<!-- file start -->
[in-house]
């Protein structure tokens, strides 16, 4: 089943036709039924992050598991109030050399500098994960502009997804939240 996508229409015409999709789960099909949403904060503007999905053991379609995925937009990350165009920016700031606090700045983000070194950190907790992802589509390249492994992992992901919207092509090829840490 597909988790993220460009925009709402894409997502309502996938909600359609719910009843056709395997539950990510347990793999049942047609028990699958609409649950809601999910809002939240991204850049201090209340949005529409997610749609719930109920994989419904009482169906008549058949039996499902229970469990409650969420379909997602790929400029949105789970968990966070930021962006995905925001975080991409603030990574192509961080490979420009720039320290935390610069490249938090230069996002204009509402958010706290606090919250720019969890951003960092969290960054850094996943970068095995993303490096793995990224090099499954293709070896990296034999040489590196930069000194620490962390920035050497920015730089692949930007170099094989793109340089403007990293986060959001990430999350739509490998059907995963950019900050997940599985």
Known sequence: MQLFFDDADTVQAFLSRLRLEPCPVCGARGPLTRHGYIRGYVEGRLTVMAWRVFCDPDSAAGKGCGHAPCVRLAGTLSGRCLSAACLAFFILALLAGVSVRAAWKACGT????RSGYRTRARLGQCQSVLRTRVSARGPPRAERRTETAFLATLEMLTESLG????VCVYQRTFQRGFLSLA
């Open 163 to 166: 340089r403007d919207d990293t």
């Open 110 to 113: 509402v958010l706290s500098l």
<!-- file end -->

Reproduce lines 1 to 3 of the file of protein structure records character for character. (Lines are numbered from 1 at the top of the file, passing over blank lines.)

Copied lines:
[in-house]
């Protein structure tokens, strides 16, 4: 089943036709039924992050598991109030050399500098994960502009997804939240 996508229409015409999709789960099909949403904060503007999905053991379609995925937009990350165009920016700031606090700045983000070194950190907790992802589509390249492994992992992901919207092509090829840490 597909988790993220460009925009709402894409997502309502996938909600359609719910009843056709395997539950990510347990793999049942047609028990699958609409649950809601999910809002939240991204850049201090209340949005529409997610749609719930109920994989419904009482169906008549058949039996499902229970469990409650969420379909997602790929400029949105789970968990966070930021962006995905925001975080991409603030990574192509961080490979420009720039320290935390610069490249938090230069996002204009509402958010706290606090919250720019969890951003960092969290960054850094996943970068095995993303490096793995990224090099499954293709070896990296034999040489590196930069000194620490962390920035050497920015730089692949930007170099094989793109340089403007990293986060959001990430999350739509490998059907995963950019900050997940599985």
Known sequence: MQLFFDDADTVQAFLSRLRLEPCPVCGARGPLTRHGYIRGYVEGRLTVMAWRVFCDPDSAAGKGCGHAPCVRLAGTLSGRCLSAACLAFFILALLAGVSVRAAWKACGT????RSGYRTRARLGQCQSVLRTRVSARGPPRAERRTETAFLATLEMLTESLG????VCVYQRTFQRGFLSLA